Gandon’s Fought Over Corner of Dublin (1791)
This river side corner of Dublin delighted the eye of the 18th century viewer when gazed upon from Carlisle (now O’Connell) Bridge. Commanding attention was James Gandon’s Custom House, face turned ever so slightly to its admirers and proudly fronting onto Anna Liffey as she twists gently on her final run to the open sea.
London was Gandon’s home, the place in which he had built his reputation. But they came and wooed him - men such as the Right Honourable John Beresford, an Irishman of power and influence. Most definite servants of the British empire they were, yet these men dreamed of a Dublin graced with wide avenues and embellished with buildings of architectural merit and note. The Royal Academy Gold Medal winner was tempted to Dublin and into a den of political intrigue. ‘Nothing must meet the public ear’ - thus, Beresford the Commissioner of Revenue, swore him to secrecy before Gandon quit his London home. ‘Great secrecy must be observed’. This warning rang in Gandon’s ears on his arrival in Dublin on April 26th, 1781. Not for him ceremonial words of welcome nor gala dinners with fashionable hostesses.
The government had sanctioned the project. Against it were the city corporation, the merchants and, Gandon was warned, the ‘most desperate of the mob’. Growing ever more alarmed at not having even surveyed the proposed site for himself, he was emboldened to set out one early morning and walk the land. What he saw did not please him. But shortly thereafter, Gandon was on site - with instructions that he should work unnoticed insofar as possible. Feeling like a ‘general who is forced to take the field without a staff’ he supervised the digging of the foundations. The foundation stone was laid by John Beresford without any fanfare.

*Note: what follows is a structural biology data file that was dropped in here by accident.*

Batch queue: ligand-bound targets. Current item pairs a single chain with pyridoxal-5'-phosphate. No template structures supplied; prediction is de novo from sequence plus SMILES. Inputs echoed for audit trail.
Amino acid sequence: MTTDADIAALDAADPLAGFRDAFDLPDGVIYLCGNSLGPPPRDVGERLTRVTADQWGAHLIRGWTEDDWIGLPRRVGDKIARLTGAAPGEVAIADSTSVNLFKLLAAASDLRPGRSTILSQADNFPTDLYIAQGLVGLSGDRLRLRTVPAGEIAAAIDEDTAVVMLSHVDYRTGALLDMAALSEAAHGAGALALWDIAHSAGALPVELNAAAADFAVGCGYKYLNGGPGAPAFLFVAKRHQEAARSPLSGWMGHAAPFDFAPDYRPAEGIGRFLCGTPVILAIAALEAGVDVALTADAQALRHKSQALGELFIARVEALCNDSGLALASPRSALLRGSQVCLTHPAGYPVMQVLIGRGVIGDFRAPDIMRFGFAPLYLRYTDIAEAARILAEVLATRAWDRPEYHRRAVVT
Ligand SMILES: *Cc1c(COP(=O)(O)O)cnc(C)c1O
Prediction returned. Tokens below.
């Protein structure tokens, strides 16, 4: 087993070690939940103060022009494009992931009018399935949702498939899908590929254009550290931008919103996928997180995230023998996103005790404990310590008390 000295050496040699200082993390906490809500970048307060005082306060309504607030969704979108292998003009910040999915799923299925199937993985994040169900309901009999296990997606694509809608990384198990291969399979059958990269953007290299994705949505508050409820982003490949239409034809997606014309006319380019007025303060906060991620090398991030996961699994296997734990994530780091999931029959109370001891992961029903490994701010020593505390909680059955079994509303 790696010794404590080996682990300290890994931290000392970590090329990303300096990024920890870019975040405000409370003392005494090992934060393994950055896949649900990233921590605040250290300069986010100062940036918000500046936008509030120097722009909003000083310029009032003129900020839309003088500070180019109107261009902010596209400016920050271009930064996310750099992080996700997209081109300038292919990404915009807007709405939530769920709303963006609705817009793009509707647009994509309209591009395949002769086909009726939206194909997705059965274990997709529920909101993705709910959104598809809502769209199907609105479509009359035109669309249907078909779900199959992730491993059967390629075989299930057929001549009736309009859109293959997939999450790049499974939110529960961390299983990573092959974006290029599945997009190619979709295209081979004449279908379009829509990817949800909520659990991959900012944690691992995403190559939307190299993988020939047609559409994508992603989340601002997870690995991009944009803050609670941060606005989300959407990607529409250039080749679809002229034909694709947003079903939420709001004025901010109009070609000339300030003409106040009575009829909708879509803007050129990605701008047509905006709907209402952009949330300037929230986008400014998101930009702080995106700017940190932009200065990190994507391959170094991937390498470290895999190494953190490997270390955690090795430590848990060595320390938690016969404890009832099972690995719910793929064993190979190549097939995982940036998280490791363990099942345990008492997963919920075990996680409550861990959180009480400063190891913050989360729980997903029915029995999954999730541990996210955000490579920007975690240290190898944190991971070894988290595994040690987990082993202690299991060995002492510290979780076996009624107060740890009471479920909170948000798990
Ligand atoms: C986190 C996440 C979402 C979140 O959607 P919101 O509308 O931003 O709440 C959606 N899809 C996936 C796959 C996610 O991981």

And yes, that ‘most desperate mob’ did arrive armed with shovels and led by the high sheriff of Dublin and the infamous Napper Tandy. And they came back in various guises. Again and again Gandon stoically repaired and rebuilt until the mob relented. Out of such cloak and dagger drama grew one of Dublin’s most treasured architectural gems. All this and at a time of great personal tragedy for him. He returned to London with the intention of bringing his family back to Dublin. Sadly the family settled in Dublin without Gandon’s beloved wife, Eleanor, who in ill health for some time, had died.
Work continued apace and Beresford Place was laid out. Today, only one of the curving terraces of townhouses survives, laid out behind the Custom House and in line with its iconic central dome. The revival of Dublin was short lived. The Act of Union of 1800 begat Dublin, ‘the faded city’ and within another hundred years iron willed Victorian entrepreneurs would scar his beautifully created vista with their monument to industrialisation - the Loopline Bridge.